Constitutional expert sees key areas he believes will not stand up to legal scrutiny
Almost as soon as the Coalition Avenir Québec government’s Bill 96 was passed into law on Tuesday last week, Montreal constitutional rights lawyer Julius Grey was announcing the creation of a legal team to contest the legislation updating the province’s 45-year-old Bill 101 language law.
Wide ranging measures
The sweeping measures contained in Bill 96 stand to affect everything under provincial jurisdiction, including immigration, education, health care, business, municipalities and the legal system.
Perhaps most controversially, the legislation grants the Office québécois de la langue française (OQLF) search and seizure powers without the need for a warrant to ensure compliance.
Long fight ahead
In several interviews with media since last week, Grey has said he expects a long and drawn-out fight over the constitutionality of Bill 96, possibly going beyond the Supreme Court of Canada to international courts.
Two days after the bill was passed in the National Assembly, the English Montreal School Board announced it would be launching a legal fight of its own, while the Quebec Community Groups Network, which represents dozens of English-language groups across Quebec, is also joining the fray.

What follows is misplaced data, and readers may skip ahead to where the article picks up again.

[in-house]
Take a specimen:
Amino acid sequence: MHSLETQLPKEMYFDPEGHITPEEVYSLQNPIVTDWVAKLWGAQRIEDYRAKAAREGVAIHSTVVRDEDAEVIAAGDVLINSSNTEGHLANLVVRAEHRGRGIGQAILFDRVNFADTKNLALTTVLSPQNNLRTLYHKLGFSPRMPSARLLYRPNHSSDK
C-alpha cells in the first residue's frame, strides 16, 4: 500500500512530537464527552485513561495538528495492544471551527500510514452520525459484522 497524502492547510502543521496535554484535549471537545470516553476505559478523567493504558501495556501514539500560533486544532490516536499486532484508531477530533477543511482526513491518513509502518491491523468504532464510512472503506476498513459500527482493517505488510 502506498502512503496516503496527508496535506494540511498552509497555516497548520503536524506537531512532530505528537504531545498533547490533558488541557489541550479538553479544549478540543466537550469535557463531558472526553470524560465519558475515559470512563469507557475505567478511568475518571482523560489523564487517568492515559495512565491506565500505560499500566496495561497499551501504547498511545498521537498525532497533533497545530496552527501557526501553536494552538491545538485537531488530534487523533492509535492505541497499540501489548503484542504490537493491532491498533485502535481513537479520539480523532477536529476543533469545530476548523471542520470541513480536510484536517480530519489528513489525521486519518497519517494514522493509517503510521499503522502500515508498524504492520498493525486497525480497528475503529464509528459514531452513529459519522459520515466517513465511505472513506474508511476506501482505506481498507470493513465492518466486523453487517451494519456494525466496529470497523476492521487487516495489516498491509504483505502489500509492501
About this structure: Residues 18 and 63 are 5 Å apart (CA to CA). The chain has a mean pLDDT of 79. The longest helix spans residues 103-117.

“We will also be supporting upcoming legal challenges to the law, while ensuring that its nefarious impacts on Quebecers are brought to the public’s attention and are debated in the upcoming election campaign,” the organization led by Marlene Jennings said in a statement.
Although the exact nature of legal challenges to Bill 96 hasn’t yet been revealed, last week Julius Grey highlighted several important areas of Bill 96 that his legal team will probably be focusing on. Here are two of them:
‘We will also be supporting upcoming legal challenges to the law,’ says QCGN regarding its role in upcoming court contestations
● Bill 96 would make citizens pay for French translations
According to Grey, the basic right to justice in Canada can’t be overruled by the notwithstanding clause, which the Legault government is relying on to pre-emptively defend Bill 96 against constitutional challenges. As such, he believes forcing people to pay to translate certain documents submitted to courts in Quebec won’t withstand a challenge.
● The OQLF could search lawyers’ and notaries’ offices
The OQLF monitors the use of French in Quebec at workplaces and in public settings, such as on signage. Although its powers are made greater in Bill 96, including searching business computers for materials that violate the language law, Grey believes some things in the work of lawyers and notaries must remain untouchable – including notaries’ or lawyers’ files – and abrogating this will not withstand a legal challenge.